Kirsten Hogg analyses the first minister’s commitments towards the voluntary sector, based on his address to the Gathering 2023
Sometimes you just know what someone’s going to say, and when the first minister took to his feet at the Gathering last Tuesday, I was pretty sure I knew what to expect.
In many senses I was right. There was lots of praise for the sector (although I’m not sure I had anticipated how personal many of the FM’s connections to the sector would be), and mention of key bits of work like the volunteering action plan and the review of charity law.
What I wasn’t necessarily expecting was for the FM to make such a strong connection straight off the bat to the need for voluntary organisations to be financially sustainable if they are to be able to play their essential role, or for him to pre-empt my usual grumble that warms words are all very well, but are no use unless they translate into action.
Having written before about how the first minister seems to be listening, it was good to see this again last week, with Mr Yousaf taking on board the challenges the sector put to him, and taking away a number of actions for his cabinet colleagues and officials. Our job now is to see whether his government delivers on these (and we have an open invitation from the FM to let him know if they don’t) so here are the actions we will be monitoring:
Partnership working: in response to a question on involvement of the sector in winter planning the FM said that all health boards should be involving the sector as an equal partner – and that he’d like to know about it if they’re not. He also took an action to ensure that all cabinet secretaries are involving the sector within their portfolios. If your experiences tell you that actions on the ground aren’t living up to this rhetoric, please let us know.
Multi-year funding: the need for multi-year funding was acknowledged by the FM, with the suggestion that funding agreements of at least two years might feature in the forthcoming Scottish budget. We will monitor this through the budget, and continue to push for agreements of longer than two years where appropriate, as part of our wider push for Fair Funding.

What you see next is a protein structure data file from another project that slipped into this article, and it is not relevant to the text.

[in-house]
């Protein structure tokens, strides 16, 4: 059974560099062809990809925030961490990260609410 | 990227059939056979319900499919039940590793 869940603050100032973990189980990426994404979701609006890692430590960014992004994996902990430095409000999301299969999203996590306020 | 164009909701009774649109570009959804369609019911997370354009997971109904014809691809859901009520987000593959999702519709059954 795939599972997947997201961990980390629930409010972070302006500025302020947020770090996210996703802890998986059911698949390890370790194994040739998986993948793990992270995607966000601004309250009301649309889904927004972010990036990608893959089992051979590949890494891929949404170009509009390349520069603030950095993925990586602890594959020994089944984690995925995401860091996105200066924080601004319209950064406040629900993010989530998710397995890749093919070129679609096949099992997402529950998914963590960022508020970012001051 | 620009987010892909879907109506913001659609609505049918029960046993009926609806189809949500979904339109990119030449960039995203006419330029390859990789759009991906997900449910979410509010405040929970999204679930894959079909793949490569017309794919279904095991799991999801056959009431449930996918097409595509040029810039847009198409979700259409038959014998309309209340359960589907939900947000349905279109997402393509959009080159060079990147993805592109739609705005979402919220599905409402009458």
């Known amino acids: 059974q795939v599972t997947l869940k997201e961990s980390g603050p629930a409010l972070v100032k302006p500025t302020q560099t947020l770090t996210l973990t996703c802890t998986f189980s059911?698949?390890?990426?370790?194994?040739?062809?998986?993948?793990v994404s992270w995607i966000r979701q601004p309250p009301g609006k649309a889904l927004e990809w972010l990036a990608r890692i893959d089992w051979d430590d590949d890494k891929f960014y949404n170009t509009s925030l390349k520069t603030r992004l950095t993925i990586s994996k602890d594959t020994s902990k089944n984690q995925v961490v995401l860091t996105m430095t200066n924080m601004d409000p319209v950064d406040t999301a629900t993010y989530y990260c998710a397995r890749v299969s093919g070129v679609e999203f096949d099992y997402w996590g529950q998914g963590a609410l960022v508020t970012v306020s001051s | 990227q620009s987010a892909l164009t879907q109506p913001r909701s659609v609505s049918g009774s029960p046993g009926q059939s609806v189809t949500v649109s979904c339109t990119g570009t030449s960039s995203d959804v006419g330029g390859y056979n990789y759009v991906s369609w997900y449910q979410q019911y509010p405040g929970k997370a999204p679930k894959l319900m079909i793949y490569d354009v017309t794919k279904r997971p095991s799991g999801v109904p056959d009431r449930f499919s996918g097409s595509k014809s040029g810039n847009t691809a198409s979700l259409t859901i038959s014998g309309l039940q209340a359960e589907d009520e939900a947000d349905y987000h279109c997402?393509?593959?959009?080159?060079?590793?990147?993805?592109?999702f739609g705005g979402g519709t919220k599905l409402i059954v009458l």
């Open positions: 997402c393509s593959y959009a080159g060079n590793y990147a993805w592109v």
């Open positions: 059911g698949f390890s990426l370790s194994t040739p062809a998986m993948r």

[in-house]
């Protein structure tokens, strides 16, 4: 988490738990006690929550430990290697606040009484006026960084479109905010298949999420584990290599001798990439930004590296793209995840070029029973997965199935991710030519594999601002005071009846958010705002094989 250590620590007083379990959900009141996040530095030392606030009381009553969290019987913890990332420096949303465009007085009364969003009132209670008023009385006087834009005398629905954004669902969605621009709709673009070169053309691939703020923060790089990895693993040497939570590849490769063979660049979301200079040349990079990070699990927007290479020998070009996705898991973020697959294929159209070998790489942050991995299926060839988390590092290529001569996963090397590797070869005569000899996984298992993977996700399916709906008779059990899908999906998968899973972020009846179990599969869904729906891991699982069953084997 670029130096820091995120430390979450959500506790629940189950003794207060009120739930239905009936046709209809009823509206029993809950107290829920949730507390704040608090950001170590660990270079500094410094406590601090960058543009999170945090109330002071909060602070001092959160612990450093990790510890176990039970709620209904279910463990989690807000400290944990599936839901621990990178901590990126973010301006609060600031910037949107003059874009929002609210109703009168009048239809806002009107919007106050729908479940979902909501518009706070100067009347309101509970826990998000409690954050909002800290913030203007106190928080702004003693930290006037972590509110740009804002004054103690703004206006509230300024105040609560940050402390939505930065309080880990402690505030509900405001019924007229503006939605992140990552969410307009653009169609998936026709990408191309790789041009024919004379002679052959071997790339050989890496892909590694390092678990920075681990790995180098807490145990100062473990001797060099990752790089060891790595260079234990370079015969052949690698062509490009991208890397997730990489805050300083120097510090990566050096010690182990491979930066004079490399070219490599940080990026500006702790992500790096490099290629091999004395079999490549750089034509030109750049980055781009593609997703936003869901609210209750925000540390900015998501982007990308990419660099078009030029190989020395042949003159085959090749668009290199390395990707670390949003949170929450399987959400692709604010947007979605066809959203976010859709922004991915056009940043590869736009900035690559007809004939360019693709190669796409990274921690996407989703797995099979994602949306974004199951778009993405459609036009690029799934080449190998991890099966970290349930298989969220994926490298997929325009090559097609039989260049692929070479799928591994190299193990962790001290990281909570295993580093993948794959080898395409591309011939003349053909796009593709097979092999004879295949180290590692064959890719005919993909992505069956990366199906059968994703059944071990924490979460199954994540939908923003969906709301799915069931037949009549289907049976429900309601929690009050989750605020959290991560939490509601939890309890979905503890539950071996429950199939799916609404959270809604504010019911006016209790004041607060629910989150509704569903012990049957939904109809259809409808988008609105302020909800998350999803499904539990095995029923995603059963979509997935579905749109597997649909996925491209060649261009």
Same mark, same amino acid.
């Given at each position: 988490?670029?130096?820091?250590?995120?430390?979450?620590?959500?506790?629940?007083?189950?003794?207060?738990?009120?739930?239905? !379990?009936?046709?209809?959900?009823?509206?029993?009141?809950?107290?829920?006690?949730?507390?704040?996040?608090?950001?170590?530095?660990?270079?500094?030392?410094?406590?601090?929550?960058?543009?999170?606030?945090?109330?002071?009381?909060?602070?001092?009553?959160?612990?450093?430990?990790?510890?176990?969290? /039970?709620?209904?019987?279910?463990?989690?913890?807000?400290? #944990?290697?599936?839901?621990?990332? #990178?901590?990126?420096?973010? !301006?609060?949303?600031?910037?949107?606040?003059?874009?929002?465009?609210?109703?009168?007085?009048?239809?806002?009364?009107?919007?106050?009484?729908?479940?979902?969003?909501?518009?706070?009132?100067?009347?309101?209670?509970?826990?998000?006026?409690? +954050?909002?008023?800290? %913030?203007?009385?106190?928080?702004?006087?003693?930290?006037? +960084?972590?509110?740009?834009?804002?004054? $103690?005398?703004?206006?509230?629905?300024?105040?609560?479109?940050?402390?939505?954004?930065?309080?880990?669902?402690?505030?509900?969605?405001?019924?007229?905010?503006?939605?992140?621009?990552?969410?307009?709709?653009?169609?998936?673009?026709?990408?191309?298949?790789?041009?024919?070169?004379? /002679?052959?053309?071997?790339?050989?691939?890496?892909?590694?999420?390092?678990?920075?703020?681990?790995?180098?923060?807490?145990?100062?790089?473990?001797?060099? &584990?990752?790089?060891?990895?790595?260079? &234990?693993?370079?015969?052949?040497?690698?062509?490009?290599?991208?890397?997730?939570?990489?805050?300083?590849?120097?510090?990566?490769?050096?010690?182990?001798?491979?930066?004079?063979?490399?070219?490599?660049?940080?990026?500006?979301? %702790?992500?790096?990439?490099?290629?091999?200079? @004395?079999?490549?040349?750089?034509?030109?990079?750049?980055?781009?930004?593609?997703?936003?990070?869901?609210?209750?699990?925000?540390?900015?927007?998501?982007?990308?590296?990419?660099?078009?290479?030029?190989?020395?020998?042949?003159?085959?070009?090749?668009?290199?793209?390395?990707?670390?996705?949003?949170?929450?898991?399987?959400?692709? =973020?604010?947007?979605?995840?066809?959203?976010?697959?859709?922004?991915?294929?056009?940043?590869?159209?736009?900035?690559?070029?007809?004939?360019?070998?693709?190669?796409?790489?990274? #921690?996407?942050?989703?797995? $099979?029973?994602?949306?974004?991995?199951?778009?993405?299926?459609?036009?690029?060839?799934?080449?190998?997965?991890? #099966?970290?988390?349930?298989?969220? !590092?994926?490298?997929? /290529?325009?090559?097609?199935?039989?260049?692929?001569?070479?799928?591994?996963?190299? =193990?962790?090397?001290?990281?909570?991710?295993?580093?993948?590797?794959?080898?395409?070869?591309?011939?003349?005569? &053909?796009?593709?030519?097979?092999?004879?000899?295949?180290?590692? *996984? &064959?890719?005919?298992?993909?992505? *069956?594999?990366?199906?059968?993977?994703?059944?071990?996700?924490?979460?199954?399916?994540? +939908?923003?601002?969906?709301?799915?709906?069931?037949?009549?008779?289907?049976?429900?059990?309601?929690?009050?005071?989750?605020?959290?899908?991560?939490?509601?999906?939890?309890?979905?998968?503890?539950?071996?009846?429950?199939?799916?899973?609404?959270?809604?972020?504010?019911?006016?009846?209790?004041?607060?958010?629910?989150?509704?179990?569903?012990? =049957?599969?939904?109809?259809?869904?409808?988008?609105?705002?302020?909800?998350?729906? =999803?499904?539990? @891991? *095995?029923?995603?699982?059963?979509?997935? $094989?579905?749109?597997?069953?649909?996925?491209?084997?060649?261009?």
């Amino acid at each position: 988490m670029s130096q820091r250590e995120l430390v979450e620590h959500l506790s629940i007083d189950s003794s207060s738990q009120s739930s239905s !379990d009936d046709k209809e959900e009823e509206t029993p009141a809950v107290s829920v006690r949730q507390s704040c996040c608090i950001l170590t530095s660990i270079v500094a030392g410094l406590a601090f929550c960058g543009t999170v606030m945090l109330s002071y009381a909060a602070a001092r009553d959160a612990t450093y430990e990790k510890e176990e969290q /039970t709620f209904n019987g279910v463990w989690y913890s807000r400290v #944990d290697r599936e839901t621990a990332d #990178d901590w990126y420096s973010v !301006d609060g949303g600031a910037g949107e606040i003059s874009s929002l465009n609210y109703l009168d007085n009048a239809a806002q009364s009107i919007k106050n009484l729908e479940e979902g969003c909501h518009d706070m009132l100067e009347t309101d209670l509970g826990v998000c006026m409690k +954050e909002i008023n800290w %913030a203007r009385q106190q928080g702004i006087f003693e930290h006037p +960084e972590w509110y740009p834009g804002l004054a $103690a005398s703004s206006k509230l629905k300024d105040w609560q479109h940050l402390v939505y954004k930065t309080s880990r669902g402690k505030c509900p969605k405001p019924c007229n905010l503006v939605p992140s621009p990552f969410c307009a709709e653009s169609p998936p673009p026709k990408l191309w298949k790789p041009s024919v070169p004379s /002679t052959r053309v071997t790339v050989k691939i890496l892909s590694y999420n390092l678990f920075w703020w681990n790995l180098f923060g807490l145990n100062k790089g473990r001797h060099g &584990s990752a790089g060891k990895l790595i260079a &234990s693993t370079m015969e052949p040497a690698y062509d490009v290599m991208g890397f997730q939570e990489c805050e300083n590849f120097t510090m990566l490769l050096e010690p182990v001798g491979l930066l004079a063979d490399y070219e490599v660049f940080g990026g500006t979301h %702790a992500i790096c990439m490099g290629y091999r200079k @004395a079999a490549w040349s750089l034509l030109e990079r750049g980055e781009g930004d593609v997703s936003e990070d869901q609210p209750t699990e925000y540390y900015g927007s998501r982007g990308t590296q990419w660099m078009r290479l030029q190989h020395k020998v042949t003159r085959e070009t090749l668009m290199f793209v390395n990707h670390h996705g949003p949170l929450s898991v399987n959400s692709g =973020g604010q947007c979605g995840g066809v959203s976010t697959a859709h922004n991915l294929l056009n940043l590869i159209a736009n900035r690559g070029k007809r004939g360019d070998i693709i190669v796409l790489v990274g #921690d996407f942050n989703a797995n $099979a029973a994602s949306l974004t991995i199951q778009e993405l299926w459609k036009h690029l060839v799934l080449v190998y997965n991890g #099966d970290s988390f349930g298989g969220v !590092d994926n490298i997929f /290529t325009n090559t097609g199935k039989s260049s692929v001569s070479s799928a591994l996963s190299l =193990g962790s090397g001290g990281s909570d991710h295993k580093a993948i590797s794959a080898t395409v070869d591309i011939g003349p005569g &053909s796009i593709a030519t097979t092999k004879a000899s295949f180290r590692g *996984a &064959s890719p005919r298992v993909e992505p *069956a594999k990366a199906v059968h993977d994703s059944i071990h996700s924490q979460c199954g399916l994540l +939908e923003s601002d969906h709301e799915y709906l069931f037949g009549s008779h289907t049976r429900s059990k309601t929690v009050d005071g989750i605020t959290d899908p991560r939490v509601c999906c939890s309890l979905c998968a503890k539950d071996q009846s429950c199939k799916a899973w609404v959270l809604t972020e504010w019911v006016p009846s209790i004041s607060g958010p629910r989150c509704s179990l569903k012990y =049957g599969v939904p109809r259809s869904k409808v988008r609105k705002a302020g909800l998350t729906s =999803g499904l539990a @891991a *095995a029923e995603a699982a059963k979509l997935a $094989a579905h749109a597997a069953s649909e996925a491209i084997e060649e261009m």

Fair Work: having spoken about the Scottish Government’s commitment to Fair Work, when asked whether this would include all voluntary sector contracts and grants being set at a level that enables voluntary organisations to pay the Living Wage, the FM said the Scottish Government would work towards that, and that the sector should continue to push it on this.
Energy support: when we asked the first minister to pass on the Barnett consequentials of the £100 million that the Westminster government provided to help voluntary organisations with rising energy costs he didn’t immediately give a stock answer about it being for the government to decide how to spend the money coming from the UK, and instead took this away as an issue to look into.
Fair funding: the FM said that he would expect the cabinet secretary for finance to engage with us, particularly around the budget, and that he would ask officials to look into how monitoring and reporting could be made easier. Writing in TFN before the Gathering, the first minister also outlined his personal commitment to pursuing fairer funding, committing in particular to prioritise the aspects of fairer funding that can make the most difference, including prompt notification of funding, outcome-based flexible funding and proportionate administration around applications and reporting.
The first minister’s experience in the sector gives real credibility to his frustration that many of the issues we pushed him on have remained unresolved for 20-plus years. The power to make those changes is in his hands. If the Scottish Government works with us to make the next few years the ones where we finally crack them, he could have a transformative impact on our sector, and on Scottish society. We’ll be there to keep up the pressure.
Catch up with the first minister’s contribution to the Gathering at the Gathering Extra online on Wednesday, 29 November. Book now.
Main image: Lewis Houghton